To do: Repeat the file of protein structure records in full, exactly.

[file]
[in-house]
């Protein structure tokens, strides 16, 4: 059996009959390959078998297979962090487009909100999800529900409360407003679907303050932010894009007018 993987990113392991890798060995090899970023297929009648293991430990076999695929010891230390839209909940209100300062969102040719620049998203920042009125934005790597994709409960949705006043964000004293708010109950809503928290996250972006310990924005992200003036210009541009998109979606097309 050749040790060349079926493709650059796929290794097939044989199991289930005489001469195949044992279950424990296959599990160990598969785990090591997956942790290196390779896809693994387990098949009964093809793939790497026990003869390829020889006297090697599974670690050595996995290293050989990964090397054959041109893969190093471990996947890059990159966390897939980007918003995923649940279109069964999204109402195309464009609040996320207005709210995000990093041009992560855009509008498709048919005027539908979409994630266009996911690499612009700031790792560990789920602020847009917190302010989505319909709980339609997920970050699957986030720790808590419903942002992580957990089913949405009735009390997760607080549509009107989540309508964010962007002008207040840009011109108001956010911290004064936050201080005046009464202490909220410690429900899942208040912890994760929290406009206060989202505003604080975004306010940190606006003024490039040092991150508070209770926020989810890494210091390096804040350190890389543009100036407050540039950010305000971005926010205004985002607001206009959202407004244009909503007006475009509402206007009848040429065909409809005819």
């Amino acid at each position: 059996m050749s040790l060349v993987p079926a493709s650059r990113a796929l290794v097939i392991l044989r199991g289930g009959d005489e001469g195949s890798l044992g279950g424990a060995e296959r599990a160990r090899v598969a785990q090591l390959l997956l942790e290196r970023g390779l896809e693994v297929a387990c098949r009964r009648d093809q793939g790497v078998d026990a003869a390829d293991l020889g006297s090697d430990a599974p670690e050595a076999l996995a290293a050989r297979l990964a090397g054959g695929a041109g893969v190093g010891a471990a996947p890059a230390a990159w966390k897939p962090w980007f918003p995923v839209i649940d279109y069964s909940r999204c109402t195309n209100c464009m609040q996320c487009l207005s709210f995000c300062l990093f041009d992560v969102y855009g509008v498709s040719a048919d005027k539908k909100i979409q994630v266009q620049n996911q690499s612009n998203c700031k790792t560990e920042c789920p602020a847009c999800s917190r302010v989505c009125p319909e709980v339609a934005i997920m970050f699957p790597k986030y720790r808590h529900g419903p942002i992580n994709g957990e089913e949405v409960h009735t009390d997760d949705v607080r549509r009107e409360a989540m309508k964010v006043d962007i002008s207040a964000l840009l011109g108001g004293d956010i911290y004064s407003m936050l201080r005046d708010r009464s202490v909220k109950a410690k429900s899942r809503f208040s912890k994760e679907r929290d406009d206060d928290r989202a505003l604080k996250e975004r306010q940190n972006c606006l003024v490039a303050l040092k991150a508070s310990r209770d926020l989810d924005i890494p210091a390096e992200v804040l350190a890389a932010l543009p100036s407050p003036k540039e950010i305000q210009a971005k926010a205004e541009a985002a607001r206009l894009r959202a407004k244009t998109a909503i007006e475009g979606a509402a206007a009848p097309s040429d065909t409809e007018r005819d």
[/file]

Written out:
[in-house]
């Protein structure tokens, strides 16, 4: 059996009959390959078998297979962090487009909100999800529900409360407003679907303050932010894009007018 993987990113392991890798060995090899970023297929009648293991430990076999695929010891230390839209909940209100300062969102040719620049998203920042009125934005790597994709409960949705006043964000004293708010109950809503928290996250972006310990924005992200003036210009541009998109979606097309 050749040790060349079926493709650059796929290794097939044989199991289930005489001469195949044992279950424990296959599990160990598969785990090591997956942790290196390779896809693994387990098949009964093809793939790497026990003869390829020889006297090697599974670690050595996995290293050989990964090397054959041109893969190093471990996947890059990159966390897939980007918003995923649940279109069964999204109402195309464009609040996320207005709210995000990093041009992560855009509008498709048919005027539908979409994630266009996911690499612009700031790792560990789920602020847009917190302010989505319909709980339609997920970050699957986030720790808590419903942002992580957990089913949405009735009390997760607080549509009107989540309508964010962007002008207040840009011109108001956010911290004064936050201080005046009464202490909220410690429900899942208040912890994760929290406009206060989202505003604080975004306010940190606006003024490039040092991150508070209770926020989810890494210091390096804040350190890389543009100036407050540039950010305000971005926010205004985002607001206009959202407004244009909503007006475009509402206007009848040429065909409809005819």
């Amino acid at each position: 059996m050749s040790l060349v993987p079926a493709s650059r990113a796929l290794v097939i392991l044989r199991g289930g009959d005489e001469g195949s890798l044992g279950g424990a060995e296959r599990a160990r090899v598969a785990q090591l390959l997956l942790e290196r970023g390779l896809e693994v297929a387990c098949r009964r009648d093809q793939g790497v078998d026990a003869a390829d293991l020889g006297s090697d430990a599974p670690e050595a076999l996995a290293a050989r297979l990964a090397g054959g695929a041109g893969v190093g010891a471990a996947p890059a230390a990159w966390k897939p962090w980007f918003p995923v839209i649940d279109y069964s909940r999204c109402t195309n209100c464009m609040q996320c487009l207005s709210f995000c300062l990093f041009d992560v969102y855009g509008v498709s040719a048919d005027k539908k909100i979409q994630v266009q620049n996911q690499s612009n998203c700031k790792t560990e920042c789920p602020a847009c999800s917190r302010v989505c009125p319909e709980v339609a934005i997920m970050f699957p790597k986030y720790r808590h529900g419903p942002i992580n994709g957990e089913e949405v409960h009735t009390d997760d949705v607080r549509r009107e409360a989540m309508k964010v006043d962007i002008s207040a964000l840009l011109g108001g004293d956010i911290y004064s407003m936050l201080r005046d708010r009464s202490v909220k109950a410690k429900s899942r809503f208040s912890k994760e679907r929290d406009d206060d928290r989202a505003l604080k996250e975004r306010q940190n972006c606006l003024v490039a303050l040092k991150a508070s310990r209770d926020l989810d924005i890494p210091a390096e992200v804040l350190a890389a932010l543009p100036s407050p003036k540039e950010i305000q210009a971005k926010a205004e541009a985002a607001r206009l894009r959202a407004k244009t998109a909503i007006e475009g979606a509402a206007a009848p097309s040429d065909t409809e007018r005819d």